Music commentator Norman Lebrecht hit out at French President Emmanuel Macron as he argued for rule, Britannia! to be played on the Last Night of the Proms. He explained that France’s national anthem included controversial lyrics. But founder and CEO of Pimlico Opera and Grange Park Opera Wasfi Kani argued that rule, Britannia! is not a unifying song for an international music festival.
Speaking to BBC Radio 4’s Today programme, Mr Lebrecht said: “It’s the prelude to what follows, it’s the end of the summer and it raises people’s spirits and it brings us together.
“The idea we should stop it because of one word in the song is beyond absurd.
“For heaven’s sake when the French president comes here we play La Marseillaise which says ‘let all alien blood be expunged from the soul’.
BBC Proms has sparked a huge debate on whether rule Britannia should be axed
Wasfi Kani added: “I didn’t like your Frère Jacques line very much but give me the unifying line again, the idea that this is unifying.
“The Proms, the biggest music festival in the world, it is meant to celebrate music worldwide.
“It’s meant to bring lots of people together through classical music.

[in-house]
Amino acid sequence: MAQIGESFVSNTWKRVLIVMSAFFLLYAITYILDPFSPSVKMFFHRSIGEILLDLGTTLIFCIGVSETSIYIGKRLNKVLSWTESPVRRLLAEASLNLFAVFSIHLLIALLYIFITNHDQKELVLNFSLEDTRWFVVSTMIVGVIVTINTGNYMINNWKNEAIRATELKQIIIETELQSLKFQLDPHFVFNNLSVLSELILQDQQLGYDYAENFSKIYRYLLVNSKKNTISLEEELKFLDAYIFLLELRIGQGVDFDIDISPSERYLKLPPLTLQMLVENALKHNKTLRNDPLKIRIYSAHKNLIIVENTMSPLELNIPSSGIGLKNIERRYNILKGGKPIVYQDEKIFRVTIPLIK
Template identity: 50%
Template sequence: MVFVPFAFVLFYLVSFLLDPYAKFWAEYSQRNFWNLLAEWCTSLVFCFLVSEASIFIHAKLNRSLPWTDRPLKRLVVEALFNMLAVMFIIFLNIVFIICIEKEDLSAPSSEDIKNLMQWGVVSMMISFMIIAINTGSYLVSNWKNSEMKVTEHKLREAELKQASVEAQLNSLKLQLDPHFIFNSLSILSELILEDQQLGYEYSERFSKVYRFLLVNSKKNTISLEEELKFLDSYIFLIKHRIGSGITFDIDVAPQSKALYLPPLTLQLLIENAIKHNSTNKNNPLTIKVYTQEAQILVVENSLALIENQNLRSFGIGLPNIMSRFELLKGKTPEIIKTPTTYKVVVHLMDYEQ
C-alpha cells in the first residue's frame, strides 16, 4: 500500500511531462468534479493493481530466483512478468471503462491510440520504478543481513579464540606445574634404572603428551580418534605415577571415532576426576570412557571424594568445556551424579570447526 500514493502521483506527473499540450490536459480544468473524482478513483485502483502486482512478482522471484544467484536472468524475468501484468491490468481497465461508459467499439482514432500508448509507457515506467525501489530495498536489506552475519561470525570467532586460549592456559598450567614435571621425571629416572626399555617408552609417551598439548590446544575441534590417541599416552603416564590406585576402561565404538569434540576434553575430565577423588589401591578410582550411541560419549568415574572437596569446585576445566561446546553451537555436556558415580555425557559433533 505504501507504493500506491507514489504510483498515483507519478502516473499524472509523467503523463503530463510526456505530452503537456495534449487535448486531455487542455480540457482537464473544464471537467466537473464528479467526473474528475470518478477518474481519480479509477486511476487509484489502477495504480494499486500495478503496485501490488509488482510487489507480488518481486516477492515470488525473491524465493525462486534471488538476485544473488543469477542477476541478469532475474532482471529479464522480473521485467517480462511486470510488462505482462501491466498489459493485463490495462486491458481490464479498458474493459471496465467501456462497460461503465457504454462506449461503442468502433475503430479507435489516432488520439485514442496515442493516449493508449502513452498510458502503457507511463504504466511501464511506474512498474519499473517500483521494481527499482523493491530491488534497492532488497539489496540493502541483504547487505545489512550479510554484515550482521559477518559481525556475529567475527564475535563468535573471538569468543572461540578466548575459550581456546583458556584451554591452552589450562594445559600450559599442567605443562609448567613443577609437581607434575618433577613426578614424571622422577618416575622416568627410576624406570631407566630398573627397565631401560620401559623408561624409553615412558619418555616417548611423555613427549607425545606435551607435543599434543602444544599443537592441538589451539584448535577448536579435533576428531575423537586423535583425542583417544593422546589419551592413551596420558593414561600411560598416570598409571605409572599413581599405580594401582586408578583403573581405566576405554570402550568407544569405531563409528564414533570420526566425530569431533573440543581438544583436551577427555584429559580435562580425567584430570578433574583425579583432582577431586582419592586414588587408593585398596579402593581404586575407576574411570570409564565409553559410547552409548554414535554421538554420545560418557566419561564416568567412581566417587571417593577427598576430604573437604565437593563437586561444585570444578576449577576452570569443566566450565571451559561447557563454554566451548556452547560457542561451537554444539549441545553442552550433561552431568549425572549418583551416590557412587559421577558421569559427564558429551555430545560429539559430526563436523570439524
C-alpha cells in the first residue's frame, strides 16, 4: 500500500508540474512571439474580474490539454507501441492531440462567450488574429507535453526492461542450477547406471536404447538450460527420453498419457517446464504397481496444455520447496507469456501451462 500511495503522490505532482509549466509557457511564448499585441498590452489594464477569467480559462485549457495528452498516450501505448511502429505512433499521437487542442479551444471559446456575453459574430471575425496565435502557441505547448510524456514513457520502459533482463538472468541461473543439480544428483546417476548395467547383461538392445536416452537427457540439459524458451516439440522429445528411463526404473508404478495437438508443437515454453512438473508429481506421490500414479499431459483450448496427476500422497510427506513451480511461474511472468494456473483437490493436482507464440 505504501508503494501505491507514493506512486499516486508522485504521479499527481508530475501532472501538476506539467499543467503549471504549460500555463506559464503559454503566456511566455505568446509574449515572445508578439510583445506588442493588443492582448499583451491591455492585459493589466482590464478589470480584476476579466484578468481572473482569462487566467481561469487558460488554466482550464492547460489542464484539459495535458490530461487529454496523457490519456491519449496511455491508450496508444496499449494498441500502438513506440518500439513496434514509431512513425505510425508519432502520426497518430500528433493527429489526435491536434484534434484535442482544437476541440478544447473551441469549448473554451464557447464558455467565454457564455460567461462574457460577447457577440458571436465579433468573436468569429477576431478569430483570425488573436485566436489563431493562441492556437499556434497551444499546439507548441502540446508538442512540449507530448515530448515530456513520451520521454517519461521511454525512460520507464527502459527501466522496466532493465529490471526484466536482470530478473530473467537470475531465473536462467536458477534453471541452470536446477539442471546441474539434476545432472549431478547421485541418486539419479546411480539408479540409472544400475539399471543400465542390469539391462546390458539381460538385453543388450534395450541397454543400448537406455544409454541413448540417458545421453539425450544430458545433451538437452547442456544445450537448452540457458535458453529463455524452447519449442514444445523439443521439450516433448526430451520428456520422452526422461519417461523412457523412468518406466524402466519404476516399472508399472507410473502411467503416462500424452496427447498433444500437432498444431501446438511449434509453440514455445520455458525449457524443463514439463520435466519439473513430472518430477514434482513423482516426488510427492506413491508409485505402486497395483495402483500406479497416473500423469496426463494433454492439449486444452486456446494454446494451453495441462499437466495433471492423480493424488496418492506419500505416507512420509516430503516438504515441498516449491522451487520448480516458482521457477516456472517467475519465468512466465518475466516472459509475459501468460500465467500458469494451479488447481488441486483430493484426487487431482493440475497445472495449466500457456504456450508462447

“But the anthem narrows the audience, it doesn’t widen the audience and it doesn’t unify people.”
Music commentator Norman Lebrecht hit out at France’s national anthem
Mr Lebrecht continued: “It’s not the only way but it does unify people.
“The slaves in the song is innocuous, it rhymes with waves.
“Find a better word to rhyme and we will replace it.”
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Wasfi Kani argued that rule Britannia is not a unifying song
Conductor Dalia Stasevska, from Finland, has hinted they could be dropping the tune, suggesting a “ceremony without an audience is the perfect moment to bring change”.
Brexit Party leader Nigel Farage then hit out at the conductor on Twitter.
He wrote: “So the BBC may drop rule, Britannia! and Land of Hope and Glory from The Proms because the Finnish conductor is too woke.
“Why not drop her instead?”
rule, Britannia! is based on a poem by James Thomson and was set to music by Thomas Arne in 1740.
Land of Hope and Glory, with lyrics by AC Benson, features music by Edward Elgar.